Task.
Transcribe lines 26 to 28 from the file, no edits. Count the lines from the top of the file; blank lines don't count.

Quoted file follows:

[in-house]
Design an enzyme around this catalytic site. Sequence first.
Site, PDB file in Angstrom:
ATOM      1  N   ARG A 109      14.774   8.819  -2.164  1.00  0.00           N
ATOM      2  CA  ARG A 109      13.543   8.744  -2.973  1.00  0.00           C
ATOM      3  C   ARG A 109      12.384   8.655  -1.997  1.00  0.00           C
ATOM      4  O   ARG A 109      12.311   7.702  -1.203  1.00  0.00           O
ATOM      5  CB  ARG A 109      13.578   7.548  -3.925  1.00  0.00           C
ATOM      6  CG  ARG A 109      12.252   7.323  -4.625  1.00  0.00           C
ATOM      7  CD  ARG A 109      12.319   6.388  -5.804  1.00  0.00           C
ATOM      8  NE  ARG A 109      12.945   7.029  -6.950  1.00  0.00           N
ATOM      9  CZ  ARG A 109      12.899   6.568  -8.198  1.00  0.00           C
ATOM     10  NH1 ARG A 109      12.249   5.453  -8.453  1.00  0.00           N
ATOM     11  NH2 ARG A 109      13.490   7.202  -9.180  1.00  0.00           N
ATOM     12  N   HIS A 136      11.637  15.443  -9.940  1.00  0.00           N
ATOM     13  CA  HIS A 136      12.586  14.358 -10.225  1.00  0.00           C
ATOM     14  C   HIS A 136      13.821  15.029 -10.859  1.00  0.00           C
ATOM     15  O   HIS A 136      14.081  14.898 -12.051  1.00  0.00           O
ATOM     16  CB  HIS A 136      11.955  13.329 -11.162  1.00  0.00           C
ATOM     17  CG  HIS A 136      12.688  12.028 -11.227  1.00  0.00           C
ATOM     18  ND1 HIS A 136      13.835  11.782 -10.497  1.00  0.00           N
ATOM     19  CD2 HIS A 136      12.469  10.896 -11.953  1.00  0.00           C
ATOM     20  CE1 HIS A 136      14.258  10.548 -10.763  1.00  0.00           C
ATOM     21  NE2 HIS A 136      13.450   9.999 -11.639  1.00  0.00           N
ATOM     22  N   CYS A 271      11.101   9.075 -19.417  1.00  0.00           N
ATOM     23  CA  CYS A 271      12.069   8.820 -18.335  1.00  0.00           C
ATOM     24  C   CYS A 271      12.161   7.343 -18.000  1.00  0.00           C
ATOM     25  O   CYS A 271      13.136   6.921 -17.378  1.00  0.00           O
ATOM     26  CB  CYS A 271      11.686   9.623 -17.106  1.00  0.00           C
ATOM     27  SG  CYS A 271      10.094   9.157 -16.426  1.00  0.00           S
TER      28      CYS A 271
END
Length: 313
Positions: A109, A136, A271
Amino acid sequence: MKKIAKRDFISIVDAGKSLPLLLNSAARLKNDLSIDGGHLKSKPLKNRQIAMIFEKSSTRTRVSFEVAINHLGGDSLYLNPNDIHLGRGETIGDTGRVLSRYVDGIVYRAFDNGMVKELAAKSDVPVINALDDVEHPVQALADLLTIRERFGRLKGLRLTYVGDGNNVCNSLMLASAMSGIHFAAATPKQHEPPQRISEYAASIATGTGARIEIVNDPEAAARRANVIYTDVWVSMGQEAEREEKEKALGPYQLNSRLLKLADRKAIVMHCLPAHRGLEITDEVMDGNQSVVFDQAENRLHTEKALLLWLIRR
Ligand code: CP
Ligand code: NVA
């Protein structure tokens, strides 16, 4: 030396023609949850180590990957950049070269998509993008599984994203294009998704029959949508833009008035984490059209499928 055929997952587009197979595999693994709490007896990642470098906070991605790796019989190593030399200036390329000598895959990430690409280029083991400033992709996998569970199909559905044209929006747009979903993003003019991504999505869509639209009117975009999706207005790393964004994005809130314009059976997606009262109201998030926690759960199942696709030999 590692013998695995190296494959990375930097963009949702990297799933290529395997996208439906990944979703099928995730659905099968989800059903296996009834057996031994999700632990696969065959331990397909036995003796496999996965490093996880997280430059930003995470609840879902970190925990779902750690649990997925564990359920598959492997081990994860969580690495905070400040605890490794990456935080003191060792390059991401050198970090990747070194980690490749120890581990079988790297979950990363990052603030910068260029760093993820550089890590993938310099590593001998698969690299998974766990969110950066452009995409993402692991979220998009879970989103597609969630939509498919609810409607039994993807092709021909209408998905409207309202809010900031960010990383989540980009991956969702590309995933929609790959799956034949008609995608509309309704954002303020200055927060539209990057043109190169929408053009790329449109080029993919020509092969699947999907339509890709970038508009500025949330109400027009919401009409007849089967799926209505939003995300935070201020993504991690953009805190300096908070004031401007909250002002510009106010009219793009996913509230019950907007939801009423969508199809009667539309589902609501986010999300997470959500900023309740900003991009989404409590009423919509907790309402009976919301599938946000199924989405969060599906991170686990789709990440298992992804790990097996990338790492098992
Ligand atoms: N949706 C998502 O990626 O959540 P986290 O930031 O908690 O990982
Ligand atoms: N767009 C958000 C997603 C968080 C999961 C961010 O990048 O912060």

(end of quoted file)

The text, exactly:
ATOM     23  CA  CYS A 271      12.069   8.820 -18.335  1.00  0.00           C
ATOM     24  C   CYS A 271      12.161   7.343 -18.000  1.00  0.00           C
ATOM     25  O   CYS A 271      13.136   6.921 -17.378  1.00  0.00           O